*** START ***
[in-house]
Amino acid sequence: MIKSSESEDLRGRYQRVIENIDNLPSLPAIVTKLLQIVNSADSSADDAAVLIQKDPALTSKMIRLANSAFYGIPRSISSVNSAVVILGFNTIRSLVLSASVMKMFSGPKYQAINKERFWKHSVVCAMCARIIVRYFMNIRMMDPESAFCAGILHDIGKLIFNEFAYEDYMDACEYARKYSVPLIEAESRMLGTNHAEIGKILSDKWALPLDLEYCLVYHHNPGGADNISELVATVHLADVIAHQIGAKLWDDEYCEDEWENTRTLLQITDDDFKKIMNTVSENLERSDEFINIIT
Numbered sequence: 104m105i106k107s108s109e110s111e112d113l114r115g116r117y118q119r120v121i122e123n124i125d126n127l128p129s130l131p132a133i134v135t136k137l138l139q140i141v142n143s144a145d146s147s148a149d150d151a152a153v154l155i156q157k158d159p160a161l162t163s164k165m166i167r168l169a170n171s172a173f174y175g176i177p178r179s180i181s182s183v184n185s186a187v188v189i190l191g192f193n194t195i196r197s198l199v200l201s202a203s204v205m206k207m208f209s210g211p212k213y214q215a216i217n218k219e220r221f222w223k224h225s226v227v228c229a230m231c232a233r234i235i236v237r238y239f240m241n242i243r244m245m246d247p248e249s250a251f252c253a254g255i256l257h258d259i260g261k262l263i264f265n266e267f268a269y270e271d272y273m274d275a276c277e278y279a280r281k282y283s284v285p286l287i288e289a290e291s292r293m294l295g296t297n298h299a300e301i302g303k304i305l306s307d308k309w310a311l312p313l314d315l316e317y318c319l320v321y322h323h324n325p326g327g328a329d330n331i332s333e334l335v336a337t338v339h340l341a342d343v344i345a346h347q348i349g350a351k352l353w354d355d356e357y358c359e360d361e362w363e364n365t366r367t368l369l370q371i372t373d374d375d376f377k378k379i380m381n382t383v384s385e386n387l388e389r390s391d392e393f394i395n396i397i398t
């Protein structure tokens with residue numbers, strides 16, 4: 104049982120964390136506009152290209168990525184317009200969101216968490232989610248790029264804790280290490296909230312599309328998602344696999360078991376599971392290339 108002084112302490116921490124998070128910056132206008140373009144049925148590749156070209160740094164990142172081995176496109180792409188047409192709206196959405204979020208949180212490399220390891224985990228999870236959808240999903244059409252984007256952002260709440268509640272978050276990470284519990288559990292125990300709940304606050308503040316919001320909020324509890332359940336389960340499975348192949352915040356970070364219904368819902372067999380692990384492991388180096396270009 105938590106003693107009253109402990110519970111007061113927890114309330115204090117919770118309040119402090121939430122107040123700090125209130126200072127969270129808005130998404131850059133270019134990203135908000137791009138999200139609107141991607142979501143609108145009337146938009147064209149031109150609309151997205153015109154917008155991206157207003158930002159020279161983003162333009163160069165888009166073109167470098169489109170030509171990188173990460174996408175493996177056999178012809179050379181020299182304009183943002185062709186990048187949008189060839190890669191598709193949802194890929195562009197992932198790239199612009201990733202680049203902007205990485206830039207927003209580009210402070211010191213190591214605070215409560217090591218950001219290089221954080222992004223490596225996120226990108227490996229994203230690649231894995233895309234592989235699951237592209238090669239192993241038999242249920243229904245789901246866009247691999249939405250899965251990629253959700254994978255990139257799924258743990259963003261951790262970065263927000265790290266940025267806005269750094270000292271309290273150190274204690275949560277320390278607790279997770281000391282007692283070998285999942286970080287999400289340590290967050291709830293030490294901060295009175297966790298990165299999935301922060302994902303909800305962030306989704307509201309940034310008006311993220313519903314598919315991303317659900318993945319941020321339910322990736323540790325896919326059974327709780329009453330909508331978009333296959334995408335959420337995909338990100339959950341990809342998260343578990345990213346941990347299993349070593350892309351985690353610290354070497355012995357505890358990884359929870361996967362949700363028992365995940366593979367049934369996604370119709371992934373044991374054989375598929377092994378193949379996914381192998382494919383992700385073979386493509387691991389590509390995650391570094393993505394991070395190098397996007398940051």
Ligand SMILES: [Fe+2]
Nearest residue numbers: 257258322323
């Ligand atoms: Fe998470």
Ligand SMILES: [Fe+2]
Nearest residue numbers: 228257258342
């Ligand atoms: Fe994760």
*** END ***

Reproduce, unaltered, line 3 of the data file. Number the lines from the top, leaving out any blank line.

Numbered sequence: 104m105i106k107s108s109e110s111e112d113l114r115g116r117y118q119r120v121i122e123n124i125d126n127l128p129s130l131p132a133i134v135t136k137l138l139q140i141v142n143s144a145d146s147s148a149d150d151a152a153v154l155i156q157k158d159p160a161l162t163s164k165m166i167r168l169a170n171s172a173f174y175g176i177p178r179s180i181s182s183v184n185s186a187v188v189i190l191g192f193n194t195i196r197s198l199v200l201s202a203s204v205m206k207m208f209s210g211p212k213y214q215a216i217n218k219e220r221f222w223k224h225s226v227v228c229a230m231c232a233r234i235i236v237r238y239f240m241n242i243r244m245m246d247p248e249s250a251f252c253a254g255i256l257h258d259i260g261k262l263i264f265n266e267f268a269y270e271d272y273m274d275a276c277e278y279a280r281k282y283s284v285p286l287i288e289a290e291s292r293m294l295g296t297n298h299a300e301i302g303k304i305l306s307d308k309w310a311l312p313l314d315l316e317y318c319l320v321y322h323h324n325p326g327g328a329d330n331i332s333e334l335v336a337t338v339h340l341a342d343v344i345a346h347q348i349g350a351k352l353w354d355d356e357y358c359e360d361e362w363e364n365t366r367t368l369l370q371i372t373d374d375d376f377k378k379i380m381n382t383v384s385e386n387l388e389r390s391d392e393f394i395n396i397i398t